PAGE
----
The Art of Tattooing in San Miguel
Smile, You Are in San Miguel
By Jade Arroyo
During the past decade, tattoo culture has been relieved of stigma and is now recognized as an actual art form. Thousands of people around the world have tattooed themselves voluntarily, for ritual, for tradition, for a memory, for strength, or for art.
But how does it work? When someone gets tattooed, his or her skin is injected with ink. An immune response is automatically initiated and cells called “macrophages” relocate to the area and consume the ink molecules. The ink molecules are taken by the macrophages to the body’s lymph nodes. However, many of the macrophages that are filled with ink stay in the area of the tattoo, retained in the skin tissue. This is what makes tattoos visible under your skin. You may experience a little pain on the way, but it is totally worth it.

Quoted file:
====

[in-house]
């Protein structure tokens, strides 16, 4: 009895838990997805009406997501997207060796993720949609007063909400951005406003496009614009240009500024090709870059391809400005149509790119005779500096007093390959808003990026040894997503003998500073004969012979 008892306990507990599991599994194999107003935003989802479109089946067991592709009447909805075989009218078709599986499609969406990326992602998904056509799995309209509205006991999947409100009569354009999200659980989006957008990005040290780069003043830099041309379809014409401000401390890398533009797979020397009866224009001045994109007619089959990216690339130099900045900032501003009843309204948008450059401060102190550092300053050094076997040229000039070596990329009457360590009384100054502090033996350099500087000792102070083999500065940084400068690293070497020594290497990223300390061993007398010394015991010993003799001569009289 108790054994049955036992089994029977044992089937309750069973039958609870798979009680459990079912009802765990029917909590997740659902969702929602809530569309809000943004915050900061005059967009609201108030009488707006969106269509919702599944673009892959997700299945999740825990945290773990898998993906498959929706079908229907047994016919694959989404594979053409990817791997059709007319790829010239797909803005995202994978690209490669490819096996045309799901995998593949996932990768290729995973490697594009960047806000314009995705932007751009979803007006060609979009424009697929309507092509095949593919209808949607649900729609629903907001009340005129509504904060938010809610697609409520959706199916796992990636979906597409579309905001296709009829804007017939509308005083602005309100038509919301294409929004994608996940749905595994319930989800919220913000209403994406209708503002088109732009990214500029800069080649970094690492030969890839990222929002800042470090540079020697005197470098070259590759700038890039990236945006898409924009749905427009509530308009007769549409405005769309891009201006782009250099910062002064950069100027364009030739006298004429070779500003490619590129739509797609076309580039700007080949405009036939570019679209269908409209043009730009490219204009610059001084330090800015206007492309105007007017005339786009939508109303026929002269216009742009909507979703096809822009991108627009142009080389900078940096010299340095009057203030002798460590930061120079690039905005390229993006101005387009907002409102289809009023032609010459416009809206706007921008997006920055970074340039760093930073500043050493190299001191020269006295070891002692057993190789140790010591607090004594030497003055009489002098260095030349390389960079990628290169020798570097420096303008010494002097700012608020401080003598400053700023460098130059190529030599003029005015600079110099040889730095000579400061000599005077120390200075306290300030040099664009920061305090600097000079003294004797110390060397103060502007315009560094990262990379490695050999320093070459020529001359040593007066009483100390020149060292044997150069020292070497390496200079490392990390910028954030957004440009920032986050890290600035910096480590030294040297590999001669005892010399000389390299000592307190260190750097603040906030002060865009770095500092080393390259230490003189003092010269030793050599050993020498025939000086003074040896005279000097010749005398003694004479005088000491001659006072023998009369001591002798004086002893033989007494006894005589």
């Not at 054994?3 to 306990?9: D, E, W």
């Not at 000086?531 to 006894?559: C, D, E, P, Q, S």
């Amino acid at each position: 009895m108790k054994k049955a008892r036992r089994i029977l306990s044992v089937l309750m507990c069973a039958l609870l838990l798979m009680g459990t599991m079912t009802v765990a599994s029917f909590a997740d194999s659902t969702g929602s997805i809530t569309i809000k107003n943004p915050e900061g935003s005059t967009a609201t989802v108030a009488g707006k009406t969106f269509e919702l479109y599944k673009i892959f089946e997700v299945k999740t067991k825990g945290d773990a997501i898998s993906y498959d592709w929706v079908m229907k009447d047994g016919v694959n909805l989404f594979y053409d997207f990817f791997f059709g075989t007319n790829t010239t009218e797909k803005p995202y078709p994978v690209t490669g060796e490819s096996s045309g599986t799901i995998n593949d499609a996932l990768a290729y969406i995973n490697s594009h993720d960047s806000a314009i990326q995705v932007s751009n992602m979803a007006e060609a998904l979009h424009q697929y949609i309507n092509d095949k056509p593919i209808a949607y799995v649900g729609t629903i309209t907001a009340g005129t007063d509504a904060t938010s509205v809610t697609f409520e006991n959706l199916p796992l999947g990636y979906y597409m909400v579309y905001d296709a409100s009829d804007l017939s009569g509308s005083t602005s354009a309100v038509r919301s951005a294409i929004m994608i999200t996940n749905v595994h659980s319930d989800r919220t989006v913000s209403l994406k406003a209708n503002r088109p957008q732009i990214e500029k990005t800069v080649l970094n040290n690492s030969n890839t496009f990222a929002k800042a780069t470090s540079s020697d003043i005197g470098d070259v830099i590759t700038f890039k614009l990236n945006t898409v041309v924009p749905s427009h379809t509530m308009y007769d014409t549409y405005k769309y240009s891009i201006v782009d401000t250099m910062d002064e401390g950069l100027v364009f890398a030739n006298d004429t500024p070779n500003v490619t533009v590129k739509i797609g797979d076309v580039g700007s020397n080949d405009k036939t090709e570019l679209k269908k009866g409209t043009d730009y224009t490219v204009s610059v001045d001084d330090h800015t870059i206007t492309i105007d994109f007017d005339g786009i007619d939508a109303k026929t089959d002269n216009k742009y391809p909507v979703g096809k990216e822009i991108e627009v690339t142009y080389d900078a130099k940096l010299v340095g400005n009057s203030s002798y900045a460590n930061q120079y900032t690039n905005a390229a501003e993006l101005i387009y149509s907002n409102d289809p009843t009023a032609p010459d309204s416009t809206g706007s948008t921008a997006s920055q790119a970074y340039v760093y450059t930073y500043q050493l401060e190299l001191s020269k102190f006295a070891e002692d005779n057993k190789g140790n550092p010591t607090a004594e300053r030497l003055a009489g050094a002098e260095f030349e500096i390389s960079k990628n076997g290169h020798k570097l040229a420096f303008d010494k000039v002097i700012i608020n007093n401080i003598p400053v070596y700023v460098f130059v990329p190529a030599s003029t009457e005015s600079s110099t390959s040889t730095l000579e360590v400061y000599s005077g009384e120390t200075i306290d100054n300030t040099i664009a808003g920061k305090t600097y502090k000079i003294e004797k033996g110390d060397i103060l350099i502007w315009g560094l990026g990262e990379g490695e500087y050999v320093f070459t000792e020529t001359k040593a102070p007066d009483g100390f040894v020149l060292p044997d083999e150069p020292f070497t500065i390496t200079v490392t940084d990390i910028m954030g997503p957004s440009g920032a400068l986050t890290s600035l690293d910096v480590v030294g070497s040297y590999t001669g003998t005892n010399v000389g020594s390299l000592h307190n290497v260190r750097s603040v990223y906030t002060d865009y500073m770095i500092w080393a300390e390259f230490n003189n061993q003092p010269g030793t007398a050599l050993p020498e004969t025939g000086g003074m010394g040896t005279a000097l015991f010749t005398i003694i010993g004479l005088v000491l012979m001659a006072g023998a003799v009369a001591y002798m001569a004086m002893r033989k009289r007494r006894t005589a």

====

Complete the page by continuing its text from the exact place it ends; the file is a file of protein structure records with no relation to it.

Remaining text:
Last weekend, during the Film Festival, one of the best tattoo artists in Mexico City came to town for a week-long residency, tattooing local folks at the hip store, Bendita, which has organized events about fashion, music, and expression since its opening in 2013.
The artist known as Inkjektor, Pedro Alos Chiadoni, has been applying tattoos since 2009 in Mexico, New York, and London. Pedro (born 1970) got his solid start at the National School of Fine Arts and continued his studies working at principal tattoo studios in New York (Cassioppia, Andromeda, Zeus Tattoo) and England (Clapham Ink Tattoo, Stop & Ink Tattoo, London). He currently works at Revolting Ink in the Condesa neighborhood of Mexico City.
Several dozen people are wearing his tattoos proudly around the city. To check them out, go to the artist’s Instagram, www.instagram.com/inkjektor.